As far as Stephen King short stories go, Children of the Corn is a pretty good one – a neat example of King taking a diverse range of influences and mashing them up into a powerful mosaic. You’ve got a touch of Lovecraftian menace in the sinister deity, He Who Walks Behind the Rows, you have a nod or two to It’s a Good Life – the old Twilight Zone episode where the adults destroyed by the whims of an all-powerful child are euphemistically referred to as being “in the cornfield”, you have a shade of the same hippy-ers “don’t trust anyone over 30” generational warfare that Logan’s Run drew on and maybe a snifter of Animal Farm in the sense that an agricultural community is taken over and run by those you might not expect to be able to operate it, but do so through a form of despotic tyranny that has powerful real-world satirical parallels (theology-poor, bigotry-rich American Fundamentalism as opposed to Soviet Communism this time around) – all powerful stuff.
But at its heart, it’s a fusion of two main pieces of precedent: Lord of the Flies and The Wicker Man. The main stroke of genius on King’s part is to relocate the story not on a natural island in the literal sea, but in a sort of man-made island in a man-made sea of corn – namely, the state of Nebraska, where outside of Omaha and Lincoln you have vast expanses of corn that you could lose a few European nations in and never find them.
All this made the original short story good fodder for turning into a movie. (For one thing, as a short story it doesn’t have the masses of backstory that King stuffs into his novels and makes any movie adaptation of them a challenge.) A whole movie franchise, though? With a remake currently shooting in Australia, let’s see if the original series provided a nice regular harvest or whether the field should have been left fallow after the original.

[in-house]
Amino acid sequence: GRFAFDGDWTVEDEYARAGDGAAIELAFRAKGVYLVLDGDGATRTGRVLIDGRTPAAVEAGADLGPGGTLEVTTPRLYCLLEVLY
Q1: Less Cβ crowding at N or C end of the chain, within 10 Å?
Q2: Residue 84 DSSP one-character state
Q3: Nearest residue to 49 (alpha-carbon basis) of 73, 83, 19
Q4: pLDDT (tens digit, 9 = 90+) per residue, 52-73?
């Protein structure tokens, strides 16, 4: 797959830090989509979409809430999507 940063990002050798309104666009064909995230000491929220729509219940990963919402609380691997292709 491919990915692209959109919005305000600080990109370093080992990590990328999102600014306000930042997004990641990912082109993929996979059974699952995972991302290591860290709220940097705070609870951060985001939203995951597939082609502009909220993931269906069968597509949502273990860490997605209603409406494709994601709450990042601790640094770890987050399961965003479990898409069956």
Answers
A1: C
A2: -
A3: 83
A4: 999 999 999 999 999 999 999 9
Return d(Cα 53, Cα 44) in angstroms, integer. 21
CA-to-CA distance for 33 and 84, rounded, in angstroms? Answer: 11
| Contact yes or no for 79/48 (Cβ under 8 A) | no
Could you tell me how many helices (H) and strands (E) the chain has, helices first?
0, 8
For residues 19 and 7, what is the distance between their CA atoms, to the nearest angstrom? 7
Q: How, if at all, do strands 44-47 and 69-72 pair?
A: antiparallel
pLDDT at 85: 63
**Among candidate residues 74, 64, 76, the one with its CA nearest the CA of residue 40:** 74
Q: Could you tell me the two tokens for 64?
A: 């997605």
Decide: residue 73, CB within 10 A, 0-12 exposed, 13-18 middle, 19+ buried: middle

Children of the Corn
Once upon a time in the Nebraskan town of Gatlin, a strange young boy called Isaac Chroner (John Frankin) was preaching to the kids out in the cornfield whilst the adults were gathered at church, as was his habit at that time. Two children were missing – Joby (Robby Kiger) was made to go to proper church by his parents, and his sister Sarah (Annie Marie McEvoy) was sick at home – so whilst they, as youths under the age of 19, are permitted to continue to exist by Isaac’s cult, they aren’t full members.
For a cult is what Isaac’s little congregation became that day; he had been given a revelation from He Who Walks Behind the Rows, and he set his congregants to work, slaying all the adults in the town. Three years later, Burt Stanton (Peter Horton) and his ladypal Vicky Baxter (Linda Hamilton) are driving through Nebraska, Burt having taken up a prize new intern’s position as a newly-qualified doctor in Seattle. Abruptly, they end up running into a child (Jonas Marlowe) in the middle of the road – when Burt examines the kid he discovers the lad was already fatally wounded, his throat having been slit by Malachi Boardman (Courtney Gains), Isaac’s sneering teenage lead enforcer, for the crime of trying to run away.
It’s the 1980s and a freshly-qualified doctor certainly doesn’t have a carphone in this era, not that he’d be likely to get reception here anyway; if they are going to alert the authorities, Burt and Vicky need find a phone, but when they enter Gatlin to look for one it’s a ghost town. Or at least, that’s what it looks like at first…